Other Browns echo Fujita’s call for independent neurologist at games

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As the NFL and the NFLPA sort out the events culminating in Browns quarterback Colt McCoy returning to a game only two plays after suffering a concussion, multiple members of the Browns believe that, in the future, the best way to prevent a repeat of the incident would be to have an independent neurologist present and available on the sidelines during games.

Browns linebacker Scott Fujita, also a member of the NFLPA Executive Committee, has said that he intends to ask the union to push for the presence of an independent neurologist.  Other members of the team agrees.

I think it would help,” left tackle Joe Thomas said Monday, according to Scott Petrak of the Chronicle-Telegram.  “If you give an independent neurologist just one thing to look for on both sides, then he can just focus on exactly that.

“We’ve got enough other people that check jerseys and watch for your socks to be pulled up and everything else.  Why don’t you have somebody that’s watching for concussions?  They’re making the refs try to look for it, too.  Well, they’ve got enough things to worry about just like the coaches.  The trainers, they’re watching everybody, they’re watching for everything, so I think it would be a good idea.”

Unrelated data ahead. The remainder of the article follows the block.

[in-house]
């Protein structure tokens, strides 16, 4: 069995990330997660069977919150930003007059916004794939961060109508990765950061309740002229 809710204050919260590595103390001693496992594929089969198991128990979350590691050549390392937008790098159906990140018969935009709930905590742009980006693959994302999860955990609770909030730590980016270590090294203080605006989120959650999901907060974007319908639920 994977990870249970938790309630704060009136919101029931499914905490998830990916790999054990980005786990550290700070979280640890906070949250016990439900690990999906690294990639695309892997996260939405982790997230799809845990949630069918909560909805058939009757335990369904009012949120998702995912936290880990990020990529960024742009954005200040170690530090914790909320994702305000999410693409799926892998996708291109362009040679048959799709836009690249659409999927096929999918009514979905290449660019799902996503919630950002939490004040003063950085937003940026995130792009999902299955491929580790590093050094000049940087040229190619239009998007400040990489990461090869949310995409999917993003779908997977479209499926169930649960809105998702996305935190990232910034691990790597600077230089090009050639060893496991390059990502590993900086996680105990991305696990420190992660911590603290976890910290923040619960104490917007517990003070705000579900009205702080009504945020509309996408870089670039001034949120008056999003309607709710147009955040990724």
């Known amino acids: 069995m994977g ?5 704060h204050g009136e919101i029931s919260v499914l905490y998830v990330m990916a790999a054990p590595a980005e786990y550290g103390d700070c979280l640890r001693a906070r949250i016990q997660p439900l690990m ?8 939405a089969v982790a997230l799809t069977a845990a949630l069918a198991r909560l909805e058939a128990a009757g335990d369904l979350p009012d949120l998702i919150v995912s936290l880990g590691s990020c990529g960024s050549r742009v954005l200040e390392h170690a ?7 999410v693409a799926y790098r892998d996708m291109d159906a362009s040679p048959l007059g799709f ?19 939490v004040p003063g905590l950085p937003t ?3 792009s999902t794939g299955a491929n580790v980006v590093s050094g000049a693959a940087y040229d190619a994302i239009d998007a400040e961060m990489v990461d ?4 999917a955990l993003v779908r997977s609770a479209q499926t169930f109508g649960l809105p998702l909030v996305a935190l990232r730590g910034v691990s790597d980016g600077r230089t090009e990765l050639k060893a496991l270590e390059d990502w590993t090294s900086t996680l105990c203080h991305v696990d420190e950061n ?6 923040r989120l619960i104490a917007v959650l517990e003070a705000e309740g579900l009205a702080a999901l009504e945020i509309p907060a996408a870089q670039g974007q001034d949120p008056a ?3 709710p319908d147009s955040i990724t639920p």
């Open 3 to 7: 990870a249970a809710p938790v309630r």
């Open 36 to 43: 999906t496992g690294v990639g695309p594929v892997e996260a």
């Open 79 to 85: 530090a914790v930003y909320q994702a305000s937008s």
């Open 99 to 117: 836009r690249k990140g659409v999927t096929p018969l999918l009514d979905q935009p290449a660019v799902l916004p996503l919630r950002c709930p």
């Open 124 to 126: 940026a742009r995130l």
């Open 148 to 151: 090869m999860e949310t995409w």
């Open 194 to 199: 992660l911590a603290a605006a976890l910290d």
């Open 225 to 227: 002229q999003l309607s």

Tight end Evan Moore agreed.  “We need to find a way to standardize everything and make it so there is no gray area, and there’s no question that this has revealed that the system might need to change a little bit — not with the Browns but with the entire league,” Moore said. “We’ve got to protect players, no question about it.”

No player has criticized the Browns for the manner in which McCoy’s case was handled.  (McCoy’s father has.)  But the Browns remain tight lipped as to the question of whether the SCAT-2 protocol was administered to McCoy.  Chris Mortensen of ESPN reported Sunday that it wasn’t, the Browns declined to respond to Mort’s report when contacted by PFT on Sunday, and coach Pat Shurmur declined to specify the tests used to clear McCoy on Monday.

21 responses to “Other Browns echo Fujita’s call for independent neurologist at games

  1. Oh but I thought the NFL had already put in place strict protocols for dealing with concussionlike symptoms. Isn’t that what Goodell has told everyone … including Congress? They wanted to hold hearings on head injuries and he assured them the NFL had it covered. Wasn’t that true? How convenient that right in the middle of all this press about the Browns failure to follow any protocol, he suspends James Harrison. Well … that’s one way to deflect attention from the real issue, isn’t it?